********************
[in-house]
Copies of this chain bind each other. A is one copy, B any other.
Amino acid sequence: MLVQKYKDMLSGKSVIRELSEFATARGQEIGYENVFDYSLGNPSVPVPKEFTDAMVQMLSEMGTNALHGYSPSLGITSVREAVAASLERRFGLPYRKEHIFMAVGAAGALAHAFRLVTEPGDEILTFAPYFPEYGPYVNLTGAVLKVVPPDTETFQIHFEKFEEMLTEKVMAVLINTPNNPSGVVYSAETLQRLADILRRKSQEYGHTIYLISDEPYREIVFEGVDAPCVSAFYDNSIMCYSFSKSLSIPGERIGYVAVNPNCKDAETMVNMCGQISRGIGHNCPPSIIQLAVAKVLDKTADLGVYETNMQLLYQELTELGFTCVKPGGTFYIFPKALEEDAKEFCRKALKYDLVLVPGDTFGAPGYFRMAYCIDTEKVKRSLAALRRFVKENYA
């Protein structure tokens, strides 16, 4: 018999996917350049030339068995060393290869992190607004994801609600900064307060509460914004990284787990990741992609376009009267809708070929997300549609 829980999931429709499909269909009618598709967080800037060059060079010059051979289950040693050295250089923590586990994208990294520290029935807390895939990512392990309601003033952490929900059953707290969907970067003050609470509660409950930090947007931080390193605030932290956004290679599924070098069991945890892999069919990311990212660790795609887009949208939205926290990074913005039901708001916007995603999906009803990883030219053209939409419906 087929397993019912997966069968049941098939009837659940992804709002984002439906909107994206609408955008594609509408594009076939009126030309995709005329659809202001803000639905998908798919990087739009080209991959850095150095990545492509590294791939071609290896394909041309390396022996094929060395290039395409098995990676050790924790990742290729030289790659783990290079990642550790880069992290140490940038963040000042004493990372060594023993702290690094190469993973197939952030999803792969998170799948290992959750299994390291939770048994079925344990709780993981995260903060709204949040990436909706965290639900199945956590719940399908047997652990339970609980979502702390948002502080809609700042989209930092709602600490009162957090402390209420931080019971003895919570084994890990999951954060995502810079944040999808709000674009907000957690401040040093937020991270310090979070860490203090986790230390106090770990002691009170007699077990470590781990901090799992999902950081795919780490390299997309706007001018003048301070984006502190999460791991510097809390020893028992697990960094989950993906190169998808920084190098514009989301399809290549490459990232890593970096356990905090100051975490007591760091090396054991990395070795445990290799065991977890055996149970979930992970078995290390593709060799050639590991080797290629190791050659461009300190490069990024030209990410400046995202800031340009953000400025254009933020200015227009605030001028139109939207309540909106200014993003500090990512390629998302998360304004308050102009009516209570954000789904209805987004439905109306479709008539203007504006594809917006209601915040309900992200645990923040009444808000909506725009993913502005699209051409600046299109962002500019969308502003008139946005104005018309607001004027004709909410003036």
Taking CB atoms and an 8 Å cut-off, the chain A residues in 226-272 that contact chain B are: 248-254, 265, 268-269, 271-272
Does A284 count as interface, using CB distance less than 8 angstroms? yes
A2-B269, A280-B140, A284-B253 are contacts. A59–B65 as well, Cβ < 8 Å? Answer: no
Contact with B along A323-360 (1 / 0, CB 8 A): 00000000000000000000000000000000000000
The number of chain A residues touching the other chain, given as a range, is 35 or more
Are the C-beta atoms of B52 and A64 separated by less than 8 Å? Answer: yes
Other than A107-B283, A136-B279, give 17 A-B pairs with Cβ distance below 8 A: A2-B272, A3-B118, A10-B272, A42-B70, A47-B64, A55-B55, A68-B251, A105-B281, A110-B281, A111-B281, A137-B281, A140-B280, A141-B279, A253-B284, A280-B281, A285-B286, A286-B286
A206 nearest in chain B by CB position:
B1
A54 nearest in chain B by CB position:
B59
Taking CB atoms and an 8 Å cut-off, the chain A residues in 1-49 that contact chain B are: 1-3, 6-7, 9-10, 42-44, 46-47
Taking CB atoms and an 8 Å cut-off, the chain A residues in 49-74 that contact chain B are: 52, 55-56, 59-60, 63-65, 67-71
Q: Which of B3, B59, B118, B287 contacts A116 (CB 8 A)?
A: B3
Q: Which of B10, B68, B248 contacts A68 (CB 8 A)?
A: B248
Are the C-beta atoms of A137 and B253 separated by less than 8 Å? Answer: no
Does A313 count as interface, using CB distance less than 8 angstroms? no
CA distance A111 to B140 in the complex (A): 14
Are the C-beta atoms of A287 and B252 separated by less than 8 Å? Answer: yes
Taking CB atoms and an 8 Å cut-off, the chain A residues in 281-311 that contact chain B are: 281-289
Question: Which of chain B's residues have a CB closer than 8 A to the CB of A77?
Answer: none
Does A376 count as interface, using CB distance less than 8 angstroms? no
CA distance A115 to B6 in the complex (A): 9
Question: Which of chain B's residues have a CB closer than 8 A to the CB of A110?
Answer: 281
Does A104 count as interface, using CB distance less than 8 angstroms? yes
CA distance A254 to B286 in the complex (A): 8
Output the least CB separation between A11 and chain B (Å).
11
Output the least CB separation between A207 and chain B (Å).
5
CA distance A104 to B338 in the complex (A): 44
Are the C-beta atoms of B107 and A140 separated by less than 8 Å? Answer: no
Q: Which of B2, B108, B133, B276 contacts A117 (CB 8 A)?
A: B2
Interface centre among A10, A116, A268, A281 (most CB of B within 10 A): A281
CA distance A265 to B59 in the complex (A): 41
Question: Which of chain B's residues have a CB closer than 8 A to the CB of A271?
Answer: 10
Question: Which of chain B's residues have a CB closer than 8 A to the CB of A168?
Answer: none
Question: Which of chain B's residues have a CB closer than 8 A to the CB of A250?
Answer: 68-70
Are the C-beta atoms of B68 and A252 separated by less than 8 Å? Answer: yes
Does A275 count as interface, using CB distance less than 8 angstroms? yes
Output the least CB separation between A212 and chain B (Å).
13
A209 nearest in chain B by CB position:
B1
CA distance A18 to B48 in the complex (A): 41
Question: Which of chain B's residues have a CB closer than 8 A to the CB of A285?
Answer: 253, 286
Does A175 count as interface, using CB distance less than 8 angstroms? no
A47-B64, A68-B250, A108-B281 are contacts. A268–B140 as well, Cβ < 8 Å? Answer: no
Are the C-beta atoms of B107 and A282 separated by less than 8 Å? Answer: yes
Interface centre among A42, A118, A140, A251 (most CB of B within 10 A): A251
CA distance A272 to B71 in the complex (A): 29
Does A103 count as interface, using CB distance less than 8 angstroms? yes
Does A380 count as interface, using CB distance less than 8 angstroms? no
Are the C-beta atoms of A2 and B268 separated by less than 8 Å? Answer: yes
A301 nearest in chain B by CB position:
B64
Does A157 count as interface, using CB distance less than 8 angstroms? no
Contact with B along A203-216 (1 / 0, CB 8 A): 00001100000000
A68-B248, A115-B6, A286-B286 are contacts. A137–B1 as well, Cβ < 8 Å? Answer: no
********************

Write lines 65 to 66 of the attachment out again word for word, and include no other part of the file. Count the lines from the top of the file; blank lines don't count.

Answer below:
Does A103 count as interface, using CB distance less than 8 angstroms? yes
Does A380 count as interface, using CB distance less than 8 angstroms? no